Hall of Famer, and former San Diego Padre, Tony Gwynn died Monday, June 16, at the age of 54. Gwynn died of cancer early Monday morning at Pomerado Hospital in Poway, California, while surrounded by his family.
Gwynn recently signed a one-year contract extension as the baseball coach for San Diego State University. He had been on medical leave since March while he was recovering from cancer treatment. Gwynn took the job at his alma mater after the 2002 season.
Gwynn had surgery for the cancer in his right cheek in 2012. Surgeons had to remove a facial nerve because it is intertwined with a tumor that was inside of his right cheek Gwynn had said that he thought the cancer was from chewing tobacco.
Gwynn, who was nicknamed Mr. Padre had a historic major league career. The right fielder played all of his 20-year career with the Padres, which is extremely rare, choosing to stay loyal to his team, rather than leaving for a bigger paycheck. He played in a total of 2,440 games and ended with a .338 lifetime batting average, while compiling 3.141 hits in his illustrious career. He is one of few players to play 20 seasons with just one team, and also is in great company, as he is in the 3,000 hit club.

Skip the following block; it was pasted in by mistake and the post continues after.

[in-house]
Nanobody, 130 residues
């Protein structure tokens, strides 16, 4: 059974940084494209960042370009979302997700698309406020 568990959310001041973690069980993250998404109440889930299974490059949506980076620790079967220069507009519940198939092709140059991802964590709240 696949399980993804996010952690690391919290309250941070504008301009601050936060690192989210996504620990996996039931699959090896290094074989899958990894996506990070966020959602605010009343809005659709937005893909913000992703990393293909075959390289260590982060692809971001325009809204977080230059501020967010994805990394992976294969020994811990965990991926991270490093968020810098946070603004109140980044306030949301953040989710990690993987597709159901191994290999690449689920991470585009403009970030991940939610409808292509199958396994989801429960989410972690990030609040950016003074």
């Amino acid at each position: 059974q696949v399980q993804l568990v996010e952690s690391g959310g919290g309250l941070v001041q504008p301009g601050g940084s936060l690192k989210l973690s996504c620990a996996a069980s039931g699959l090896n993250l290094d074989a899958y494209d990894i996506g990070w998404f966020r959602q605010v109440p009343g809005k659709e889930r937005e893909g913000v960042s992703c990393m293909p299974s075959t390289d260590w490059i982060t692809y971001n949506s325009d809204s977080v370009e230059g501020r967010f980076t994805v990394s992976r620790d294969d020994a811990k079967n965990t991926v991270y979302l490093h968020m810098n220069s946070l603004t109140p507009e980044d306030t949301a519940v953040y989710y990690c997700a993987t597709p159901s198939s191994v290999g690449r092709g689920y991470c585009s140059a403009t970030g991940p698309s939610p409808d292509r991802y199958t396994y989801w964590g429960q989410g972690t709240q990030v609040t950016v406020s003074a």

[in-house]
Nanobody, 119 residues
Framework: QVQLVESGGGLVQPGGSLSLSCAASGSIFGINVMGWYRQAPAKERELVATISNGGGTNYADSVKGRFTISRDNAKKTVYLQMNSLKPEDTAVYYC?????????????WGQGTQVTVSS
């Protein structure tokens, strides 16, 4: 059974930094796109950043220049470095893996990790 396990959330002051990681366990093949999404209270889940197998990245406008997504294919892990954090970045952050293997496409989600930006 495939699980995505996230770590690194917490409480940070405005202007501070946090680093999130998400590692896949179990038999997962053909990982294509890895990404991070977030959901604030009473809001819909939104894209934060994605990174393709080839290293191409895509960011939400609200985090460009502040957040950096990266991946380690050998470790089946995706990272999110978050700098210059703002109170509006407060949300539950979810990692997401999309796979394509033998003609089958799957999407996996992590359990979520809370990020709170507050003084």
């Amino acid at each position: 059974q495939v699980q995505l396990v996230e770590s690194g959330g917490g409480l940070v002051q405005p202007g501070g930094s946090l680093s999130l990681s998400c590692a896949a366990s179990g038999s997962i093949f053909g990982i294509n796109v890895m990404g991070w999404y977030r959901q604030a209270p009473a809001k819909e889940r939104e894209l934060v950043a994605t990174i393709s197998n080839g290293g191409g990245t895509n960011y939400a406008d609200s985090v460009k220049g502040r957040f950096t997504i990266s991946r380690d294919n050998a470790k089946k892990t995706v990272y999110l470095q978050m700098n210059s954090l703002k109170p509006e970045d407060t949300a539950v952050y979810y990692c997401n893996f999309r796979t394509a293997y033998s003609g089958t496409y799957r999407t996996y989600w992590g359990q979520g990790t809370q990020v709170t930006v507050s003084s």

Gwynn was the winner of the batting title for nearly half of his career, winning the award a total of eight times and led San Diego to the franchise's only two World Series. He was also a 15-time all-star and reached the 200-hit mark in a season five times, and his career batting average is good for 18th-best all time. Gwynn also hit safely in 1,838 games, which amounts to just over 75 percent of the total games that he played in. He also had 951 multi-hit games, and only had 34 multi-strikeout games.
Gwynn batted .300 in each of last 19 seasons, which is an MLB streak that is second only to the great Ty Cobb.
With the resume that Gwynn has, and with what he did throughout his career, he has many debating whether Gwynn may indeed be the greatest hitter of all time. The lefty-swinging Gwynn saw all of his hard work pay off as he was inducted into the Major League Baseball Hall of Fame in 2007, as a first-ballot selection, being on 97 percent of the ballots.
Gwynn also had his number 19 retired by the Padres back in 2004. Gwynn was without question one of the very best to ever play the game.
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